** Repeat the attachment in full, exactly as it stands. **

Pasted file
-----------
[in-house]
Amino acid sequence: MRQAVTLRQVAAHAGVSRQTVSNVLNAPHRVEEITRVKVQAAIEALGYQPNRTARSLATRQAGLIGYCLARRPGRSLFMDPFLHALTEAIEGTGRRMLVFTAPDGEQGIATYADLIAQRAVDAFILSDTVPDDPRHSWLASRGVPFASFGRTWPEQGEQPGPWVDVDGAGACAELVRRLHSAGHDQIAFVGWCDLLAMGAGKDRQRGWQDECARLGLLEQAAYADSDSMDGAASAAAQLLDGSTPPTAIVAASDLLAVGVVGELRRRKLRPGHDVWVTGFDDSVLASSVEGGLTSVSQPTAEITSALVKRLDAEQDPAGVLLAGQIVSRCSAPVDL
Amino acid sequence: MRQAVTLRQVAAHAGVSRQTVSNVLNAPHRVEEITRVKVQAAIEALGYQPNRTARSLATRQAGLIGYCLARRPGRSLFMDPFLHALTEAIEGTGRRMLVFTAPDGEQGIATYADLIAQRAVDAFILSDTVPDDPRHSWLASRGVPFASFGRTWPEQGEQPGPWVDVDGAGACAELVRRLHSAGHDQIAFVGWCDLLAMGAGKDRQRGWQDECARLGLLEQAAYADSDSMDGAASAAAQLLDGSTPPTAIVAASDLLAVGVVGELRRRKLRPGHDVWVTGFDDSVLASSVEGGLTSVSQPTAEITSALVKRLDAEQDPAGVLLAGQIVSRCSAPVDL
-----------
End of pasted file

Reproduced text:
[in-house]
Amino acid sequence: MRQAVTLRQVAAHAGVSRQTVSNVLNAPHRVEEITRVKVQAAIEALGYQPNRTARSLATRQAGLIGYCLARRPGRSLFMDPFLHALTEAIEGTGRRMLVFTAPDGEQGIATYADLIAQRAVDAFILSDTVPDDPRHSWLASRGVPFASFGRTWPEQGEQPGPWVDVDGAGACAELVRRLHSAGHDQIAFVGWCDLLAMGAGKDRQRGWQDECARLGLLEQAAYADSDSMDGAASAAAQLLDGSTPPTAIVAASDLLAVGVVGELRRRKLRPGHDVWVTGFDDSVLASSVEGGLTSVSQPTAEITSALVKRLDAEQDPAGVLLAGQIVSRCSAPVDL
Amino acid sequence: MRQAVTLRQVAAHAGVSRQTVSNVLNAPHRVEEITRVKVQAAIEALGYQPNRTARSLATRQAGLIGYCLARRPGRSLFMDPFLHALTEAIEGTGRRMLVFTAPDGEQGIATYADLIAQRAVDAFILSDTVPDDPRHSWLASRGVPFASFGRTWPEQGEQPGPWVDVDGAGACAELVRRLHSAGHDQIAFVGWCDLLAMGAGKDRQRGWQDECARLGLLEQAAYADSDSMDGAASAAAQLLDGSTPPTAIVAASDLLAVGVVGELRRRKLRPGHDVWVTGFDDSVLASSVEGGLTSVSQPTAEITSALVKRLDAEQDPAGVLLAGQIVSRCSAPVDL